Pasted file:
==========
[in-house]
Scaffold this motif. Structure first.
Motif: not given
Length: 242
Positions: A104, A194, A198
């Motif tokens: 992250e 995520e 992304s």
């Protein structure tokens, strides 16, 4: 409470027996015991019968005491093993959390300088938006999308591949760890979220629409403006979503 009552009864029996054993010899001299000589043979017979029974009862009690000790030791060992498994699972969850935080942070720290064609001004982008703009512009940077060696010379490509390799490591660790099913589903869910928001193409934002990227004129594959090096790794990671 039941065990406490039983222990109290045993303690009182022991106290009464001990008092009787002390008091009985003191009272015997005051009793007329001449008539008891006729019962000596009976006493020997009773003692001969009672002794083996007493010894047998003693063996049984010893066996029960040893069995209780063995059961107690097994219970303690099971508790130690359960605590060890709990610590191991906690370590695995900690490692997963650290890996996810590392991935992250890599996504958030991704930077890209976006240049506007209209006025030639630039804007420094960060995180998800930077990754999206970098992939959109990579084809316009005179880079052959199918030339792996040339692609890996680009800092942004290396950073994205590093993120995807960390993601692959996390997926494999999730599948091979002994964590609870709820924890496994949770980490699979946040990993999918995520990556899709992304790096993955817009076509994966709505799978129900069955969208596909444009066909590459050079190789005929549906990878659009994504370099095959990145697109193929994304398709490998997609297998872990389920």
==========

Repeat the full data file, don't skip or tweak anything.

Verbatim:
[in-house]
Scaffold this motif. Structure first.
Motif: not given
Length: 242
Positions: A104, A194, A198
């Motif tokens: 992250e 995520e 992304s």
């Protein structure tokens, strides 16, 4: 409470027996015991019968005491093993959390300088938006999308591949760890979220629409403006979503 009552009864029996054993010899001299000589043979017979029974009862009690000790030791060992498994699972969850935080942070720290064609001004982008703009512009940077060696010379490509390799490591660790099913589903869910928001193409934002990227004129594959090096790794990671 039941065990406490039983222990109290045993303690009182022991106290009464001990008092009787002390008091009985003191009272015997005051009793007329001449008539008891006729019962000596009976006493020997009773003692001969009672002794083996007493010894047998003693063996049984010893066996029960040893069995209780063995059961107690097994219970303690099971508790130690359960605590060890709990610590191991906690370590695995900690490692997963650290890996996810590392991935992250890599996504958030991704930077890209976006240049506007209209006025030639630039804007420094960060995180998800930077990754999206970098992939959109990579084809316009005179880079052959199918030339792996040339692609890996680009800092942004290396950073994205590093993120995807960390993601692959996390997926494999999730599948091979002994964590609870709820924890496994949770980490699979946040990993999918995520990556899709992304790096993955817009076509994966709505799978129900069955969208596909444009066909590459050079190789005929549906990878659009994504370099095959990145697109193929994304398709490998997609297998872990389920």